We can accept the redemption that was won for us on that cross. Jesus Christ died for us, the righteous, for the unrighteous.  The one who ought not to die, died for us, in our place so that we would not have to. As we read in Isaiah 53:4: ‘Surely our griefs, He Himself bore and our sorrows He cared. Yet we ourselves esteemed Him stricken, smitten of God and afflicted. But He was pierced through for our transgressions, He was crushed for our iniquities. The chastening of our well-being fell upon us and by His scourging, we are healed. All of us, like sheep, have gone astray. Each one of us has turned to his own way, but the Lord has caused the iniquity of us all to fall on him.’

This is not an example to follow. This is a payment that is made on our behalf.  He was pierced for our transgressions, ‘He was crushed for our iniquities and the chastening for our well-being fell upon Him.’ There is well-being that we can have because of what happened to Him. So how can this exchange be made? In the Old Testament, the priest put their hands on the head of the goat and in that way, their sins were transferred to the goat and the goat left the camp and took their sins with them.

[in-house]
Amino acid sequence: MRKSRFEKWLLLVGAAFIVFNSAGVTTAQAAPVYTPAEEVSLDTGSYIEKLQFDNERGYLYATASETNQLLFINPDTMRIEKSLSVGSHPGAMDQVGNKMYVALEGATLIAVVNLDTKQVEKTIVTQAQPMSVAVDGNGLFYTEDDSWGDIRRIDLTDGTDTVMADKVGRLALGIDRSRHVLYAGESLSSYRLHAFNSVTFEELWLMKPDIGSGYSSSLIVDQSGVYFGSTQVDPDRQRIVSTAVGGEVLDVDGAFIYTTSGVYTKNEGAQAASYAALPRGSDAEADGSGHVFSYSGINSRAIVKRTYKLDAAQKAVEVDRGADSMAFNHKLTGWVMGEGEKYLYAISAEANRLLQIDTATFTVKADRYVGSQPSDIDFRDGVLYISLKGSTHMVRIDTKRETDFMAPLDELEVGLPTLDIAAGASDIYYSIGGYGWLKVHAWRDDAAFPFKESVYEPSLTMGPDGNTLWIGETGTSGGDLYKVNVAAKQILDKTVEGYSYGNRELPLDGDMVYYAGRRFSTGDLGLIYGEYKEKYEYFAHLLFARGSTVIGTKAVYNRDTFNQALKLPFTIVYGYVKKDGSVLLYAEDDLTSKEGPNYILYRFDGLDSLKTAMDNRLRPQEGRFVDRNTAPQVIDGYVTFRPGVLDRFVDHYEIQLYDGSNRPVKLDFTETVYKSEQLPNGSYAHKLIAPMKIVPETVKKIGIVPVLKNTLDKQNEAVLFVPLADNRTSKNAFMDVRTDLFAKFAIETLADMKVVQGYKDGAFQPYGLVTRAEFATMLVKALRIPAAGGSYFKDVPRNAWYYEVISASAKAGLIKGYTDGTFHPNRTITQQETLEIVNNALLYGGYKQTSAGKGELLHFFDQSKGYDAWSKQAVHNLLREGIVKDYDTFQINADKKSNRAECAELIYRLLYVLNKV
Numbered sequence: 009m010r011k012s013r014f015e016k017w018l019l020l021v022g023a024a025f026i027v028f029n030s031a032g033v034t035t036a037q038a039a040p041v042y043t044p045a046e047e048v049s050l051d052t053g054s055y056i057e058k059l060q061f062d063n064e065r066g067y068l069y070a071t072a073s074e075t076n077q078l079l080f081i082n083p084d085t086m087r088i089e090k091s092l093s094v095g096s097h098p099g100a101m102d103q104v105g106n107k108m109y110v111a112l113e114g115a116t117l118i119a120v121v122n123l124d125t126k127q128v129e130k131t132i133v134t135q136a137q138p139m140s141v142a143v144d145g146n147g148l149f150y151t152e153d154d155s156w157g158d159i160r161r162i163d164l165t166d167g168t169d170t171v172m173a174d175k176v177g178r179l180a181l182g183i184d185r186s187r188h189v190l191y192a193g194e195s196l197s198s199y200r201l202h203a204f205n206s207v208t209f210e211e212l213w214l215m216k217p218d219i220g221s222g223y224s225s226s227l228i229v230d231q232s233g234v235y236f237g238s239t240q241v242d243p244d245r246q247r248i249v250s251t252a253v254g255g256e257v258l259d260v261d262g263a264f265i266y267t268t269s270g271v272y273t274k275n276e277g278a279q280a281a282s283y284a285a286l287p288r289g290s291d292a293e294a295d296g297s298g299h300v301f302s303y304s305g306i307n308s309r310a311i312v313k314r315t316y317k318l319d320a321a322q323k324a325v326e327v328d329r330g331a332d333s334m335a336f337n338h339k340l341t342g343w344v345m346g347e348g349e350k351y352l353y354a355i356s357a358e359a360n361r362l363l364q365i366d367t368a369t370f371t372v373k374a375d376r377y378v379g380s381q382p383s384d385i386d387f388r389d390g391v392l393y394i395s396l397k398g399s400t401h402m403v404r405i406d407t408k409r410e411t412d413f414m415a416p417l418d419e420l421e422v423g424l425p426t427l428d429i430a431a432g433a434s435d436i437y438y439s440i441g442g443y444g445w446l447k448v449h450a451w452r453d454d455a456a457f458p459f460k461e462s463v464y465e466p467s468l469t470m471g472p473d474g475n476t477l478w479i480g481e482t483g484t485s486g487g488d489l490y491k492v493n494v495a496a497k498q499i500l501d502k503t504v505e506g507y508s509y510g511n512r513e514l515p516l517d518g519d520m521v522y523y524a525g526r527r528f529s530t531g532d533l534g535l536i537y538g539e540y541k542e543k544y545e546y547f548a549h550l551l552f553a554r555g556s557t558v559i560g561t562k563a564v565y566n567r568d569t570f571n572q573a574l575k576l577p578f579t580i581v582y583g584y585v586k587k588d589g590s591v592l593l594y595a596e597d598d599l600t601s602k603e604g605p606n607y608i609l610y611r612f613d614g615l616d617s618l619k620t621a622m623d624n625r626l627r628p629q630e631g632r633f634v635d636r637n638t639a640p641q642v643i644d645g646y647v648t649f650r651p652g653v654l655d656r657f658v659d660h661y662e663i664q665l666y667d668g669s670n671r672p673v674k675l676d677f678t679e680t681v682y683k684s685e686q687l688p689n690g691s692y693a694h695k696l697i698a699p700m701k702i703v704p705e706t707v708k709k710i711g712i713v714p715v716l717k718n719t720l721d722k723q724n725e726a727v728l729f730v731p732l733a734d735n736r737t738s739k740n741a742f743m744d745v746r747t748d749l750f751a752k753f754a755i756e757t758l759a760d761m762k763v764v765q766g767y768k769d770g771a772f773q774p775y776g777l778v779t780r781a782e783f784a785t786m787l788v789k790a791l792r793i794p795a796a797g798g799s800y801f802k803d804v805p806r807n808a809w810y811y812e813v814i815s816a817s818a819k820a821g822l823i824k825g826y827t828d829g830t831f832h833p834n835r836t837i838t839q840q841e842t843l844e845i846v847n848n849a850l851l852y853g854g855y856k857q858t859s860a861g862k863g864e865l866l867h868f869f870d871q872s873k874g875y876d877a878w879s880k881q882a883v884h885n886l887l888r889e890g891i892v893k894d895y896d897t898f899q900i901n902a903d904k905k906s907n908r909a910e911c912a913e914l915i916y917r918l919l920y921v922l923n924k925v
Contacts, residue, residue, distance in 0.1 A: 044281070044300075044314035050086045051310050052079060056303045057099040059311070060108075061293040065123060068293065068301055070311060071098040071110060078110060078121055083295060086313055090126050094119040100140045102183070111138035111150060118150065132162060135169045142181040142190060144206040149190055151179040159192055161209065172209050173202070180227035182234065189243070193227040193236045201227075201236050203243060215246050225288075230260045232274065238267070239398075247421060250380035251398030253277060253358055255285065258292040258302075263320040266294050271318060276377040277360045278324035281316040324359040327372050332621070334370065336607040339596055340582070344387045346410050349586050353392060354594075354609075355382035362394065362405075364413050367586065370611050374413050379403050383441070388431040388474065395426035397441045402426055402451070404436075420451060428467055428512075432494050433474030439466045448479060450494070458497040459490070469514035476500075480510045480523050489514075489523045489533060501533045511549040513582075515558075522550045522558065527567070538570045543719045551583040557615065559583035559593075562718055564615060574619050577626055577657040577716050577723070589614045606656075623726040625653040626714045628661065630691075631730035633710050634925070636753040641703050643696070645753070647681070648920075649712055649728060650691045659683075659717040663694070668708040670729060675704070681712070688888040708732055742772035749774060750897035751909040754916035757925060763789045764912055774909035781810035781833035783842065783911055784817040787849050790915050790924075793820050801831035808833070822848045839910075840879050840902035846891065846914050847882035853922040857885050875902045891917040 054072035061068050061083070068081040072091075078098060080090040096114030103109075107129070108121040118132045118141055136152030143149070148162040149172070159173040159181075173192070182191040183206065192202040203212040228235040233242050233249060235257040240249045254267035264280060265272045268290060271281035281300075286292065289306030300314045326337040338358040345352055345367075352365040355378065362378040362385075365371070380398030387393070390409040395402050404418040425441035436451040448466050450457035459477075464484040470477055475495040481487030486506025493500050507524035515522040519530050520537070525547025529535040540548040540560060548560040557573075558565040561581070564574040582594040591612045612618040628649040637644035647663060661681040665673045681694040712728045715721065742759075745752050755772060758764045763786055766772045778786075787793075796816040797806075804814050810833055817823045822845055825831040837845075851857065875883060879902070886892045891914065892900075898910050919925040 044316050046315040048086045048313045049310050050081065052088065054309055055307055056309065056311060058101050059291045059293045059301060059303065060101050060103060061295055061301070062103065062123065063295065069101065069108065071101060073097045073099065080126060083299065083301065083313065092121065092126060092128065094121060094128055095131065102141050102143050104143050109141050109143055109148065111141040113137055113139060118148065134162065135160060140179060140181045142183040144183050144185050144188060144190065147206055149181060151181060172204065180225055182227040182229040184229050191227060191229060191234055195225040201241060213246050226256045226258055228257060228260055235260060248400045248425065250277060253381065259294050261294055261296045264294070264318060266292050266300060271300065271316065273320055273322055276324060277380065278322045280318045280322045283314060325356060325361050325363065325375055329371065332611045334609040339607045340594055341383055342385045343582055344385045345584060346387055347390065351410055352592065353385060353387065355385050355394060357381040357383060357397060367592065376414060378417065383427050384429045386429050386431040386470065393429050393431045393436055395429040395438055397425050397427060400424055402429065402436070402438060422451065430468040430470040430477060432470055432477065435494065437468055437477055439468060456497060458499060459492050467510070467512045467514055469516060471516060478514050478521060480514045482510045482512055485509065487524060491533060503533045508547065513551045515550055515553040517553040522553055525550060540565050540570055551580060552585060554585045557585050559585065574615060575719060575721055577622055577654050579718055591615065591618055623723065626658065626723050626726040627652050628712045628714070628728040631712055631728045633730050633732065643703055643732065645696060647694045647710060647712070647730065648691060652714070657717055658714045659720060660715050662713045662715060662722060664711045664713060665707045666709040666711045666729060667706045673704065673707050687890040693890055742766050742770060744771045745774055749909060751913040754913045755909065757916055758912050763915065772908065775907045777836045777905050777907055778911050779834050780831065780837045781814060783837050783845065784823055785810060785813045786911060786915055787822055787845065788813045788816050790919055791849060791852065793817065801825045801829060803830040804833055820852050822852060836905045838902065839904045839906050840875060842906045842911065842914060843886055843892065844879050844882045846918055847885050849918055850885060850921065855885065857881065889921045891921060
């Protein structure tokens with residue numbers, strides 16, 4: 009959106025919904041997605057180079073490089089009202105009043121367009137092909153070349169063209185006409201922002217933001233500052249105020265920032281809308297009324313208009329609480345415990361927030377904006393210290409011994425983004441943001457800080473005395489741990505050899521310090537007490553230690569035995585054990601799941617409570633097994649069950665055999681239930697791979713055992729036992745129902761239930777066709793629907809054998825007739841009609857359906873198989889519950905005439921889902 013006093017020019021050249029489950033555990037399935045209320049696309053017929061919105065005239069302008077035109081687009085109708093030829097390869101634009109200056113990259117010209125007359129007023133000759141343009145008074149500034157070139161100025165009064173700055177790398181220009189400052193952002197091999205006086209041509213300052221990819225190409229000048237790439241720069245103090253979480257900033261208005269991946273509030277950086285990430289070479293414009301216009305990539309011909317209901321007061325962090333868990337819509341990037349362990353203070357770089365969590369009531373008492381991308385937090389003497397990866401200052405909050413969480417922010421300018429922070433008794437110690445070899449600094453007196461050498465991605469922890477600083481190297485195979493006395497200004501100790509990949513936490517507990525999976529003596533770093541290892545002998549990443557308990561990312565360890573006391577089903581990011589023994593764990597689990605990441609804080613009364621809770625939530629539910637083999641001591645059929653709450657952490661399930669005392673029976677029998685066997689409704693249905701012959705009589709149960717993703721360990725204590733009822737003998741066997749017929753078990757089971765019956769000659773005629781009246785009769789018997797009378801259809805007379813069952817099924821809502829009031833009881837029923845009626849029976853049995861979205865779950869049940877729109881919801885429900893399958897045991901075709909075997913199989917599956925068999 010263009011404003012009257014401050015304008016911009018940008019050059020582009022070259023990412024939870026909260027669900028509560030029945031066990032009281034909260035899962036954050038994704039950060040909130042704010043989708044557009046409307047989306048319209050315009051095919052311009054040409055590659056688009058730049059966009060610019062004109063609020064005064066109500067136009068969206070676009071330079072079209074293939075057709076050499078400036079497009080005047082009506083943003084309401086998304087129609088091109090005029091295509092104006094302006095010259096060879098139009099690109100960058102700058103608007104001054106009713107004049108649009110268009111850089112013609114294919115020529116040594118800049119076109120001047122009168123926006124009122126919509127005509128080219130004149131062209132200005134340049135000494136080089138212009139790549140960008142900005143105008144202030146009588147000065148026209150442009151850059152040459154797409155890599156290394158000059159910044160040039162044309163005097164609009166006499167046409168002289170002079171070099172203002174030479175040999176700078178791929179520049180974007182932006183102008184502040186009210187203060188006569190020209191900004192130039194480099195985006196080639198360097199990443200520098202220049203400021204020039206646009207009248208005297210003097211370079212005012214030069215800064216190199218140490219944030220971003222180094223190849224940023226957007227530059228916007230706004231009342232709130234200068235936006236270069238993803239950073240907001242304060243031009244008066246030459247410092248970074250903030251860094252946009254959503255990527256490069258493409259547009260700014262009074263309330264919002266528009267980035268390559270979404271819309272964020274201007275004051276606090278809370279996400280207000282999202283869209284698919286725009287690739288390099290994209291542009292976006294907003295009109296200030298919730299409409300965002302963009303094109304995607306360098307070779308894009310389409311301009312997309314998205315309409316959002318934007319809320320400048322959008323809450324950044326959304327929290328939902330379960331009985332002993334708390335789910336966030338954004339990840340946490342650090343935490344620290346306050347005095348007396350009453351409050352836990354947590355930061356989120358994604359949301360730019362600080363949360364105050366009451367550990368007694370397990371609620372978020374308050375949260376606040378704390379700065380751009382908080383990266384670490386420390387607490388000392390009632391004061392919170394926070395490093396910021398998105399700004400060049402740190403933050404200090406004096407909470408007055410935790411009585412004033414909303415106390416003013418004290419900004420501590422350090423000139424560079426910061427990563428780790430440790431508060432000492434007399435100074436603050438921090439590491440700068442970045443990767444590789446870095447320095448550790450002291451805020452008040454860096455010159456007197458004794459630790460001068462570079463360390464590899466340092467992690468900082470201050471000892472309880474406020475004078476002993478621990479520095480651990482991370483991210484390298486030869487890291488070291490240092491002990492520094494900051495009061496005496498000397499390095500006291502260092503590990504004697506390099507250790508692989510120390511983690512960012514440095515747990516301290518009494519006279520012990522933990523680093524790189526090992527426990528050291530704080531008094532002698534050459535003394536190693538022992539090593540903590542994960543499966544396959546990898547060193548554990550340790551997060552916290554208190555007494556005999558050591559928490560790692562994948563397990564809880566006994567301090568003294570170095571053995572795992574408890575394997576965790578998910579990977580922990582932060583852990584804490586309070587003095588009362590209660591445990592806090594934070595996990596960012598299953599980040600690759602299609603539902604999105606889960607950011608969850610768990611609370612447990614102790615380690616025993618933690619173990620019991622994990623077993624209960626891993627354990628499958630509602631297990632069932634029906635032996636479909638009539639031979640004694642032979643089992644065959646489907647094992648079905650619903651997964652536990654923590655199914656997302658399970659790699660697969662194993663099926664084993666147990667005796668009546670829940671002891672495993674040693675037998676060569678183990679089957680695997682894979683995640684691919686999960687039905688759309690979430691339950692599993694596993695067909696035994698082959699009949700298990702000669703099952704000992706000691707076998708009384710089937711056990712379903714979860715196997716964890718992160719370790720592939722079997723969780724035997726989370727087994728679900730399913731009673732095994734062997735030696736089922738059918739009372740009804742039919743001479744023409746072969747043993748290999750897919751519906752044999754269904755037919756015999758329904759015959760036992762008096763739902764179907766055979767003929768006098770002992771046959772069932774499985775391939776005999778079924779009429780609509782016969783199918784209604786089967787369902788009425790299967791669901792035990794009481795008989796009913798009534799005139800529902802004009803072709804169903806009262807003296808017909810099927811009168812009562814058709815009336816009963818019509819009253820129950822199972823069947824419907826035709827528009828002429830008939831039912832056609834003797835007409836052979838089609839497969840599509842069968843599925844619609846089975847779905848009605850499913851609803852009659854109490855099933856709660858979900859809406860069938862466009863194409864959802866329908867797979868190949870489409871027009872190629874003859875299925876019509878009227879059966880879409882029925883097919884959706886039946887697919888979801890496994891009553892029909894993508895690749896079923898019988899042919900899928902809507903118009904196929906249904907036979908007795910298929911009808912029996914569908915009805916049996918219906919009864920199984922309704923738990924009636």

Jesus died nearly 2,000 years ago, how can this exchange be made?

Well, the exchange was always spiritual. In the case of the priest laying their hands — nothing communicated physically. It was a spiritual transference. But God understands that we are flesh and blood people and so if your spirit is weak then later, come to the table and partake of the elements with us and let God take you by the hand and through the physical elements of the wine and the bread, and let them remind you of the spiritual reality of Jesu’s death for you. And take that in as God’s righteousness coming to you and your sinfulness being paid for.

But we know that even this is, while powerful, is a living symbol that leads us to him and what really needs to happen is a transformed heart. As it says in Romans 10, 8 to 10: ‘The word is near you, in your mouth and in your heart. That is the word of faith, which we are preaching. That if you confess with your mouth, Jesus is Lord and believe in your heart that God raised Him from the dead, you will be saved. For with a harder person believes resulting in righteousness and with the mouth, he confesses resulting in sanctification.’

This is how we can be saved, this is how the transfer happens. As we believe and we confess that Jesus is Lord, and then we are saved through his death. What happens when we are saved?  Isaiah 1:18 says: ‘Come and let us reason together; though your sins be as scarlet, they shall be white as snow. Though your sins are like crimson, they will be white like wool.”  And that deep part of our soul where it once said ‘sinner’ it now says ‘pure’. Ezekiel 36:26 says: ‘I will make a New Covenant with them and I will take out their heart of stone and I will replace it with a heart of flesh.’